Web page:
Diagnostic Testing (Labwork and Other Testing)
Thyroid hormones play a very important role in maintaining our overall health and wellness.
Subclinical Hypothyroidism when untreated increases the risk of Atherosclerosis and Heart attacks (Myocardial Infarction), High Cholesterol, Overweight, Metabolic Syndrome and Dementia.
Research has shown that Females 55 years and older with Subclinical Hypothyroidism have a greater than two fold risk of Heart attacks.
Most Physicians including Endocrinologists, measure TSH alone to make a diagnosis of Hypothyroidism. TSH is a hormone that is released by the Pituitary gland in response to serum levels of T4 & T3, but not in response to cellular levels of T3. Therefore, measuring TSH alone is an unreliable way of diagnosing Hypothyroidism.
A comprehensive thorough Hormone blood work panel can help Identify Low Thyroid levels and a possible hormone imbalance.
A comprehensive Thyroid panel should include:
- Free T4
- Free T3
- Anti-TPO antibodies
- Serum Cortisol (When Adrenal Fatigue is suspected)
- Reverse T3 (rT3) (Elevated when Stress is high)
- Vitamin B12, Vitamin D, Vitamin A
- AntiThyroglobulin antibodies*
- TRH stimulation test*
- 24 Hour Urinary T3* (*When diagnosis is unclear)
TSH: is the most commonly used screening test to diagnostic test for both Hyperthyroidism and Hypothyroidism. It is best to use it along with Free T4 and Free T3.
The AACE (American Association of Clinical Endocrinologists) has decreased the upper limit reference range of TSH to 3.0. The National Academy of Biochemical Scientists recommends a TSH of 2.5 as the upper limit of normal.
Anti-TPO antibodies: Elevated levels are seen in Hashimoto’s (Auto-Immune Thyroiditis).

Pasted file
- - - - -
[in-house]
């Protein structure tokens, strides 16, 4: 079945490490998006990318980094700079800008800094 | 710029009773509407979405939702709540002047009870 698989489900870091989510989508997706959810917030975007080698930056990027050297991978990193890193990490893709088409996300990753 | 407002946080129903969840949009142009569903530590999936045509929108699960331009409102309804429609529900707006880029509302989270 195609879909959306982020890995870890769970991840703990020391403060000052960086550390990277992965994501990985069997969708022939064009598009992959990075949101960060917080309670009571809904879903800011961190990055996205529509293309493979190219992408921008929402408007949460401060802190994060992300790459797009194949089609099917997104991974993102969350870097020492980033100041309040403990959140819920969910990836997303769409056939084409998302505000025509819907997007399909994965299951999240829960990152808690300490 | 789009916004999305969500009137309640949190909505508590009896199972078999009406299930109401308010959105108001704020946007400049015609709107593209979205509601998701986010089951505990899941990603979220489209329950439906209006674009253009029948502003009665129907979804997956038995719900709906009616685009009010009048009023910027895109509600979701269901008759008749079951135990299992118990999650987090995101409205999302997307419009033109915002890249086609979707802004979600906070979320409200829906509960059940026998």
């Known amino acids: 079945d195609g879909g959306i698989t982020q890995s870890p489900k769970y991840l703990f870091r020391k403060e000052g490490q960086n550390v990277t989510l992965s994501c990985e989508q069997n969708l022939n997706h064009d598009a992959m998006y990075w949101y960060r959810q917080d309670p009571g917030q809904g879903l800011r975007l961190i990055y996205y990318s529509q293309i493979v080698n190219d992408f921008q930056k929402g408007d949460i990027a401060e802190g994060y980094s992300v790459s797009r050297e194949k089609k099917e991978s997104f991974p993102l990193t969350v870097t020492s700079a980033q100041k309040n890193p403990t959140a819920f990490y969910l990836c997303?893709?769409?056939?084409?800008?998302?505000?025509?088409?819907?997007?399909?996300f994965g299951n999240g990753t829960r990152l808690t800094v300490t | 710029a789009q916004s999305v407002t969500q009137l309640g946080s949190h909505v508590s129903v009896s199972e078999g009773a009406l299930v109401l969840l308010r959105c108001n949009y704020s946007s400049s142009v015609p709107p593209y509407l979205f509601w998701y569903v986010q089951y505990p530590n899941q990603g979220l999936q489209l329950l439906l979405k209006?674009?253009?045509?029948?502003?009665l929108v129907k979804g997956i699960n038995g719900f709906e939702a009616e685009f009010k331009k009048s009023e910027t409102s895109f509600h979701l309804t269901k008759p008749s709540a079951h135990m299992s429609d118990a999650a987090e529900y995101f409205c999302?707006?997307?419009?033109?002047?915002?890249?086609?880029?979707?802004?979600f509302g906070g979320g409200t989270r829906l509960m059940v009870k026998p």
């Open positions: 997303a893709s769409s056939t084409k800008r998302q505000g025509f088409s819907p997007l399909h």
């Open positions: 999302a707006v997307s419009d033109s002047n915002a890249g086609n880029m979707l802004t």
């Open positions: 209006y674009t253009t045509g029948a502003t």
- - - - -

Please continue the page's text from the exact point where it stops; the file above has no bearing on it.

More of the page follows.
Anti-Thyroglobulin (TG) antibodies: TG is the protein present in the Colloid. It is an Ideal tumor marker for Thyroid cancer and can help differentiate Benign (non-cancerous) from Malignant (Cancer). It is seen in 35% to 60% of patients with Hashimoto’s (Autoimmune hypothyroidism), 15% to 30% of patients with Graves’ disease & in 3% of general population.
Thyroid Uptake scan / Radioactive Iodine uptake (RAIU): A small amount of Radioactive Iodine (RAI) is injected into the vein and using a special camera, the amount of RAI uptake by the Thyroid gland is measured. This test measures thyroid function as well as help differentiate between Cold nodules (Low activity) vs Hot nodules (High activity).
- High RAI Uptake is seen in Hyperthyroidism, Iodine deficiency, Hashimoto’s disease
- Low RAI Uptake is seen in Primary Hypothyroidism, Subacute Thyroiditis, Excessive Iodine, Amiodarone
- Differentiating the types of Nodules: Hot nodule (High activity: Benign), Cold nodule (Low activity: may suggest Cancer)
Thyroid Ultrasound: Non-Invasive method of detecting the texture of the Thyroid gland, small nodules in the Thyroid. It can also be done to perform an Ultrasound guided biopsy or FNAC.
Fine Needle Aspiration Biopsy: First step in the evaluation of a Thyroid nodule.
This website is for informational purposes only and does not offer medical advice. Some of the statements have not been evaluated by the Food and Drug Administration. The products and services discussed are not intended to diagnose, cure, or prevent any disease. All the services offered at Ageless Integrated Medicine can be prescribed by our Physician, which will include a thorough review of your Medical History, Physical Examination and possible Blood work Laboratory analysis. After such a thorough review, our Physician will determine if you are an appropriate candidate for the treatment sought based on your Individual Medical History, current health status and Laboratory results.